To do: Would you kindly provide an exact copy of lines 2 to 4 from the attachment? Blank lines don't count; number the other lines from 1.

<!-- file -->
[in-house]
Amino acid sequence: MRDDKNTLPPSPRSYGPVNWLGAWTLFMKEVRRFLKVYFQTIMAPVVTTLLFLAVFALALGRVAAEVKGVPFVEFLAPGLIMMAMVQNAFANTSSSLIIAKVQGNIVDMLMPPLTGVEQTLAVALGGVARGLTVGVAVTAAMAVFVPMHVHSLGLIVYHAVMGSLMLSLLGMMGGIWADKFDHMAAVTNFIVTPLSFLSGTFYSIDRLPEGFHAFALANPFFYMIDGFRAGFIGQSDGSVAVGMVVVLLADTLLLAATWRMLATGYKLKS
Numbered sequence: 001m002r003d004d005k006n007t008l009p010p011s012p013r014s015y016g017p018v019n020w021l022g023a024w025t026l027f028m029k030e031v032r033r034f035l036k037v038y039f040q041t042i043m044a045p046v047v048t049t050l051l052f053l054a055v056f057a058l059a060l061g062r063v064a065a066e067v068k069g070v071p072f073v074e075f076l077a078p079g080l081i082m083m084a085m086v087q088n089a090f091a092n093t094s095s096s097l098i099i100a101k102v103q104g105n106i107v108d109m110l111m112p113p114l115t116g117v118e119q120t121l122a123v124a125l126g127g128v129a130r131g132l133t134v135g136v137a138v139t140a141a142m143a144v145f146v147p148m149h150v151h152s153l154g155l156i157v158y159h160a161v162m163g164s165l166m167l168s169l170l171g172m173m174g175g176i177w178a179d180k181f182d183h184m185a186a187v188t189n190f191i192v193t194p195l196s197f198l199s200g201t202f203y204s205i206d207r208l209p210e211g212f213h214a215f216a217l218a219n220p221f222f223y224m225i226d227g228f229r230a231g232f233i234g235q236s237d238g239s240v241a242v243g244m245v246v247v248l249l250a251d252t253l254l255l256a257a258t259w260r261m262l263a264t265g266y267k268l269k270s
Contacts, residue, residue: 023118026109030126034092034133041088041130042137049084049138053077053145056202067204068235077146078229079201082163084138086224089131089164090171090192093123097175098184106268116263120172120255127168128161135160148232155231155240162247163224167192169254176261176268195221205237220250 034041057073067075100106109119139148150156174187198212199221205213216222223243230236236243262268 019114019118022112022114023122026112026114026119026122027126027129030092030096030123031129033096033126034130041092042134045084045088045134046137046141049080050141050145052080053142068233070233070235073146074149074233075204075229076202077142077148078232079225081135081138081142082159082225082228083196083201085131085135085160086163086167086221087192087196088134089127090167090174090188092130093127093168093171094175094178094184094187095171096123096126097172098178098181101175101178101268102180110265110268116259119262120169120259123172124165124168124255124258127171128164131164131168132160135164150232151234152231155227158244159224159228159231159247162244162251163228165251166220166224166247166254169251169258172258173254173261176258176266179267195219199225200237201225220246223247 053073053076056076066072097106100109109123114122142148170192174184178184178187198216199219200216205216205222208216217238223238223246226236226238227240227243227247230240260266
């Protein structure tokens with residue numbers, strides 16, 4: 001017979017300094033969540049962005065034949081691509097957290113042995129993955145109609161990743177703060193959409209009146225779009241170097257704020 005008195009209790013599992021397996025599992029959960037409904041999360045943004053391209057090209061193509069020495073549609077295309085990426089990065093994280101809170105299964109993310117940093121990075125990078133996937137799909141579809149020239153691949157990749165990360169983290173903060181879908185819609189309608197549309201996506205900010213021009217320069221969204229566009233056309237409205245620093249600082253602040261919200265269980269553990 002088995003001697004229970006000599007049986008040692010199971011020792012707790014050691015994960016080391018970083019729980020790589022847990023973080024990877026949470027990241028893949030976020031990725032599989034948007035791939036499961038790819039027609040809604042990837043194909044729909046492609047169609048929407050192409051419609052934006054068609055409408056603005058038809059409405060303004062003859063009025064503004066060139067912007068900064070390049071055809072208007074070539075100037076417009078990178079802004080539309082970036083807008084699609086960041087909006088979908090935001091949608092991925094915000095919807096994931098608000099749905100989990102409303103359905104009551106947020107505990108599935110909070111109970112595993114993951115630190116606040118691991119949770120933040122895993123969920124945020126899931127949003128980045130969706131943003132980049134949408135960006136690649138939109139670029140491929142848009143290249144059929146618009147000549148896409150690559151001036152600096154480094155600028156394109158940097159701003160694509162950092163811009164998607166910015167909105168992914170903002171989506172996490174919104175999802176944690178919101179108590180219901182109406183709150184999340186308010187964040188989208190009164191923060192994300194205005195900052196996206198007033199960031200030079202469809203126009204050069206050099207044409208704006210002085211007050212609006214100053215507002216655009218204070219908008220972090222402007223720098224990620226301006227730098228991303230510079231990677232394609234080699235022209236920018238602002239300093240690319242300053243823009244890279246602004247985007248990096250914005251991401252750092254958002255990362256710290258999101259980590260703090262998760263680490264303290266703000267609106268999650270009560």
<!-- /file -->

Amino acid sequence: MRDDKNTLPPSPRSYGPVNWLGAWTLFMKEVRRFLKVYFQTIMAPVVTTLLFLAVFALALGRVAAEVKGVPFVEFLAPGLIMMAMVQNAFANTSSSLIIAKVQGNIVDMLMPPLTGVEQTLAVALGGVARGLTVGVAVTAAMAVFVPMHVHSLGLIVYHAVMGSLMLSLLGMMGGIWADKFDHMAAVTNFIVTPLSFLSGTFYSIDRLPEGFHAFALANPFFYMIDGFRAGFIGQSDGSVAVGMVVVLLADTLLLAATWRMLATGYKLKS
Numbered sequence: 001m002r003d004d005k006n007t008l009p010p011s012p013r014s015y016g017p018v019n020w021l022g023a024w025t026l027f028m029k030e031v032r033r034f035l036k037v038y039f040q041t042i043m044a045p046v047v048t049t050l051l052f053l054a055v056f057a058l059a060l061g062r063v064a065a066e067v068k069g070v071p072f073v074e075f076l077a078p079g080l081i082m083m084a085m086v087q088n089a090f091a092n093t094s095s096s097l098i099i100a101k102v103q104g105n106i107v108d109m110l111m112p113p114l115t116g117v118e119q120t121l122a123v124a125l126g127g128v129a130r131g132l133t134v135g136v137a138v139t140a141a142m143a144v145f146v147p148m149h150v151h152s153l154g155l156i157v158y159h160a161v162m163g164s165l166m167l168s169l170l171g172m173m174g175g176i177w178a179d180k181f182d183h184m185a186a187v188t189n190f191i192v193t194p195l196s197f198l199s200g201t202f203y204s205i206d207r208l209p210e211g212f213h214a215f216a217l218a219n220p221f222f223y224m225i226d227g228f229r230a231g232f233i234g235q236s237d238g239s240v241a242v243g244m245v246v247v248l249l250a251d252t253l254l255l256a257a258t259w260r261m262l263a264t265g266y267k268l269k270s
Contacts, residue, residue: 023118026109030126034092034133041088041130042137049084049138053077053145056202067204068235077146078229079201082163084138086224089131089164090171090192093123097175098184106268116263120172120255127168128161135160148232155231155240162247163224167192169254176261176268195221205237220250 034041057073067075100106109119139148150156174187198212199221205213216222223243230236236243262268 019114019118022112022114023122026112026114026119026122027126027129030092030096030123031129033096033126034130041092042134045084045088045134046137046141049080050141050145052080053142068233070233070235073146074149074233075204075229076202077142077148078232079225081135081138081142082159082225082228083196083201085131085135085160086163086167086221087192087196088134089127090167090174090188092130093127093168093171094175094178094184094187095171096123096126097172098178098181101175101178101268102180110265110268116259119262120169120259123172124165124168124255124258127171128164131164131168132160135164150232151234152231155227158244159224159228159231159247162244162251163228165251166220166224166247166254169251169258172258173254173261176258176266179267195219199225200237201225220246223247 053073053076056076066072097106100109109123114122142148170192174184178184178187198216199219200216205216205222208216217238223238223246226236226238227240227243227247230240260266